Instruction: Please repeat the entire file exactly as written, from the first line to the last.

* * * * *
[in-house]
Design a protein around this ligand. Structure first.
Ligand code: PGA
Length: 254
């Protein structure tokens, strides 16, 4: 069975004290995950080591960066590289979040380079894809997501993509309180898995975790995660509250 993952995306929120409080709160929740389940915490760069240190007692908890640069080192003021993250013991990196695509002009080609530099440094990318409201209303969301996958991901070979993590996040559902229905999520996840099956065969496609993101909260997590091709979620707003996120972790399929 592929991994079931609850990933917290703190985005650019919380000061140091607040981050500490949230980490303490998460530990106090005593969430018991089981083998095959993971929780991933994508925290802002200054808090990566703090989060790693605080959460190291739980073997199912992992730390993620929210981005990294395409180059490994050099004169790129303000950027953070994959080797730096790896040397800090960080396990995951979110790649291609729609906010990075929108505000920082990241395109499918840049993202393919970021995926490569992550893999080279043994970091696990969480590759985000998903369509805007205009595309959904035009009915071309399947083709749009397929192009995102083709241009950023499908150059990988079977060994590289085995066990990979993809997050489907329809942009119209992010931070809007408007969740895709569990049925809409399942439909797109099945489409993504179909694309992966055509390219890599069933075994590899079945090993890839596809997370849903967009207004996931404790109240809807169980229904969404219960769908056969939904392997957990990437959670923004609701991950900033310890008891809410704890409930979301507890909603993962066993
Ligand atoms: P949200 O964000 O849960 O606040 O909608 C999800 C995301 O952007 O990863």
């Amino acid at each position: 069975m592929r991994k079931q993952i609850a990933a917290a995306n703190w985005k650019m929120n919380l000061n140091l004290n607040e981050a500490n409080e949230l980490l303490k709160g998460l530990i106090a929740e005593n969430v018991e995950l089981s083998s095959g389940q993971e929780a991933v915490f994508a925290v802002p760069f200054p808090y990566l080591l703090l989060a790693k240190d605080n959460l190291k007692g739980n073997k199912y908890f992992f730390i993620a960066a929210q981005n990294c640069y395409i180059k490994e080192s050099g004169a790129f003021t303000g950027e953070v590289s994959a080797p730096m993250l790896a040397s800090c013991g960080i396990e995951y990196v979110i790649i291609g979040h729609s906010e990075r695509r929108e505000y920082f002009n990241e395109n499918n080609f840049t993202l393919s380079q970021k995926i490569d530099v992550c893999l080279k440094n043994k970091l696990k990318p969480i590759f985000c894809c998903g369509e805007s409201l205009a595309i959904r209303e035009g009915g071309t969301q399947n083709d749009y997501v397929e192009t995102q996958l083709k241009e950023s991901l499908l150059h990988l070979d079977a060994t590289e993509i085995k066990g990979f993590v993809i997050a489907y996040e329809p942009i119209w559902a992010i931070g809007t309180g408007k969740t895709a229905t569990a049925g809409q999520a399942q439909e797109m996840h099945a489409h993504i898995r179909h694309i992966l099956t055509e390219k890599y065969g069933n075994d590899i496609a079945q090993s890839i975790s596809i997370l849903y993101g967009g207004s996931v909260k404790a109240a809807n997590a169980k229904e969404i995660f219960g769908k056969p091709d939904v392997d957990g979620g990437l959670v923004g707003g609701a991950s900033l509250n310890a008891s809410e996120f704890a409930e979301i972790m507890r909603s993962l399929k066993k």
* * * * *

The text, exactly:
[in-house]
Design a protein around this ligand. Structure first.
Ligand code: PGA
Length: 254
């Protein structure tokens, strides 16, 4: 069975004290995950080591960066590289979040380079894809997501993509309180898995975790995660509250 993952995306929120409080709160929740389940915490760069240190007692908890640069080192003021993250013991990196695509002009080609530099440094990318409201209303969301996958991901070979993590996040559902229905999520996840099956065969496609993101909260997590091709979620707003996120972790399929 592929991994079931609850990933917290703190985005650019919380000061140091607040981050500490949230980490303490998460530990106090005593969430018991089981083998095959993971929780991933994508925290802002200054808090990566703090989060790693605080959460190291739980073997199912992992730390993620929210981005990294395409180059490994050099004169790129303000950027953070994959080797730096790896040397800090960080396990995951979110790649291609729609906010990075929108505000920082990241395109499918840049993202393919970021995926490569992550893999080279043994970091696990969480590759985000998903369509805007205009595309959904035009009915071309399947083709749009397929192009995102083709241009950023499908150059990988079977060994590289085995066990990979993809997050489907329809942009119209992010931070809007408007969740895709569990049925809409399942439909797109099945489409993504179909694309992966055509390219890599069933075994590899079945090993890839596809997370849903967009207004996931404790109240809807169980229904969404219960769908056969939904392997957990990437959670923004609701991950900033310890008891809410704890409930979301507890909603993962066993
Ligand atoms: P949200 O964000 O849960 O606040 O909608 C999800 C995301 O952007 O990863």
């Amino acid at each position: 069975m592929r991994k079931q993952i609850a990933a917290a995306n703190w985005k650019m929120n919380l000061n140091l004290n607040e981050a500490n409080e949230l980490l303490k709160g998460l530990i106090a929740e005593n969430v018991e995950l089981s083998s095959g389940q993971e929780a991933v915490f994508a925290v802002p760069f200054p808090y990566l080591l703090l989060a790693k240190d605080n959460l190291k007692g739980n073997k199912y908890f992992f730390i993620a960066a929210q981005n990294c640069y395409i180059k490994e080192s050099g004169a790129f003021t303000g950027e953070v590289s994959a080797p730096m993250l790896a040397s800090c013991g960080i396990e995951y990196v979110i790649i291609g979040h729609s906010e990075r695509r929108e505000y920082f002009n990241e395109n499918n080609f840049t993202l393919s380079q970021k995926i490569d530099v992550c893999l080279k440094n043994k970091l696990k990318p969480i590759f985000c894809c998903g369509e805007s409201l205009a595309i959904r209303e035009g009915g071309t969301q399947n083709d749009y997501v397929e192009t995102q996958l083709k241009e950023s991901l499908l150059h990988l070979d079977a060994t590289e993509i085995k066990g990979f993590v993809i997050a489907y996040e329809p942009i119209w559902a992010i931070g809007t309180g408007k969740t895709a229905t569990a049925g809409q999520a399942q439909e797109m996840h099945a489409h993504i898995r179909h694309i992966l099956t055509e390219k890599y065969g069933n075994d590899i496609a079945q090993s890839i975790s596809i997370l849903y993101g967009g207004s996931v909260k404790a109240a809807n997590a169980k229904e969404i995660f219960g769908k056969p091709d939904v392997d957990g979620g990437l959670v923004g707003g609701a991950s900033l509250n310890a008891s809410e996120f704890a409930e979301i972790m507890r909603s993962l399929k066993k």